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Adding metadata is only half of the DAM task. The other half is searching. DAM software is able to retrieve images based on chosen keywords, categories or metadata. Usually data can be searched by groups, to find either images that match all or any among a set of criterion. It is sometimes possible to refine results by filtering those that match more metadata. The way metadata is index and how much of it makes it into the catalog largely depends on the particular software.

An important aspect of searching is that one must be able to search for images which are not present while the search is being performed. Due to storage limitations, images can be offloaded onto optical media such as DVDs or even external hard disk drives. For this to work, DAM software store locally metadata and thumbnails of off-line images. This allows one to see which images match a search without having access to the actual file.

Selection of Keepers

Most DAM software have great tools to compare images. This include side-by-side comparison with synchronous zooming and light-table views.

When using the digital asset management software to download images it could make sense to also use the same software of selecting keepers.

The catch-22 is that file organization is determined by the set of keepers and DAM software are dependent on file organization. There are two ways around this:

  • Reorganize: Import into a triage folder, select the keepers from there and then use the software's folder reorganization features.
  • Reimport: Import into an incubation catalog in which you select the keepers by tagging them with a special flag or metadata. Reimport the keepers into the final catalog when done. This may require an intermediate export step with some software.

Generally reorganization within DAM software is much slower than through the operating system because DAM software has to modify its associated data to keep track of location changes and properly find images later.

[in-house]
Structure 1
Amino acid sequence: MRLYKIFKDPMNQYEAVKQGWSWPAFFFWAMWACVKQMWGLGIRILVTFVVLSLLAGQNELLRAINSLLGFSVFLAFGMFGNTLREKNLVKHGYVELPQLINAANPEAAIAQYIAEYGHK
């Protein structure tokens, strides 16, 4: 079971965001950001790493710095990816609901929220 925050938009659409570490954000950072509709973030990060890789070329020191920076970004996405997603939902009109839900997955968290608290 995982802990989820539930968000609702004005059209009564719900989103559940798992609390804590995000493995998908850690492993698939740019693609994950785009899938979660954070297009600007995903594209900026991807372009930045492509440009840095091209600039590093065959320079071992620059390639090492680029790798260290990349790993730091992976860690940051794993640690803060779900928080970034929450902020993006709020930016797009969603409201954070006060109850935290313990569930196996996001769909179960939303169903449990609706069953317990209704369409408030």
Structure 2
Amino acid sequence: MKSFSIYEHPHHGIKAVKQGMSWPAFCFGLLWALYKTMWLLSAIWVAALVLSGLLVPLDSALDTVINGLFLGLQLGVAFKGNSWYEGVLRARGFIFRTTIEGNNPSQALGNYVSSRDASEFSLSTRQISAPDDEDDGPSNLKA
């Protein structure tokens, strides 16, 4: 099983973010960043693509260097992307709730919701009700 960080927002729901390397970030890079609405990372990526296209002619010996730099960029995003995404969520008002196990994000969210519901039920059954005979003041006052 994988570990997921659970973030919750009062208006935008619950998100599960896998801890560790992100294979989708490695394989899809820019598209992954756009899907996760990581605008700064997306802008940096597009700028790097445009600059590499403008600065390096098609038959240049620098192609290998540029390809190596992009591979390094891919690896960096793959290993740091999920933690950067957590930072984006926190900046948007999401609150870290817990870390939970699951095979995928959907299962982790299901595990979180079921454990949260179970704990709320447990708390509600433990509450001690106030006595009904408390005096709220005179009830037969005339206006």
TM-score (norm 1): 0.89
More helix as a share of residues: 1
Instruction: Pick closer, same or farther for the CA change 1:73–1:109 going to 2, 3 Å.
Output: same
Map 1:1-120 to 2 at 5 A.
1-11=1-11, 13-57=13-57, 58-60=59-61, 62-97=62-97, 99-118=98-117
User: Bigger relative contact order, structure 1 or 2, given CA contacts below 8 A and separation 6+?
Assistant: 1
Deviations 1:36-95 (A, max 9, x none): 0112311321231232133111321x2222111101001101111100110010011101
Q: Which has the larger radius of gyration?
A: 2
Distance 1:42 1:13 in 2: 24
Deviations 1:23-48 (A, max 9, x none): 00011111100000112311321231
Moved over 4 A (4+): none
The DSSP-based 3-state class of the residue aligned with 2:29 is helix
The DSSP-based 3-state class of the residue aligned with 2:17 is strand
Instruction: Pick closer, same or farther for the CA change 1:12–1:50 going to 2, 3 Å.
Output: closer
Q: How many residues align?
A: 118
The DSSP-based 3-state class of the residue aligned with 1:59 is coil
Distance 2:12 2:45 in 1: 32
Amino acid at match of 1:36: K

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File Organization

It is one thing to catalog images and another to organize them. Some DAM software can do both and take care of downloading files from a digital camera or card-reader.

It is important to carefully consider how files are going to be stored even if software does the work for you. Moving files offline into optical disks or external drives is much easier with a good file organization.

To allow backups and offloading to optical disks, make sure top-level folders do not exceed the maximum size for your choice of optical media. For a single-layer DVD this is 4.4GB. Moving to Blu-Ray, you get 25GB instead.

Benchmarking

Most DAM software have great tools to compare images. This include side-by-side comparison with synchronous zooming and light-table views.

When using the digital asset management software to download images it could make sense to also use the same software of selecting keepers.

The catch-22 is that file organization is determined by the set of keepers and DAM software are dependent on file organization. There are two ways around this:

  • Reorganize: Import into a triage folder, select the keepers from there and then use the software's folder reorganization features.
  • Reimport: Import into an incubation catalog in which you select the keepers by tagging them with a special flag or metadata. Reimport the keepers into the final catalog when done. This may require an intermediate export step with some software.

Generally reorganization within DAM software is much slower than through the operating system because DAM software has to modify its associated data to keep track of location changes and properly find images later.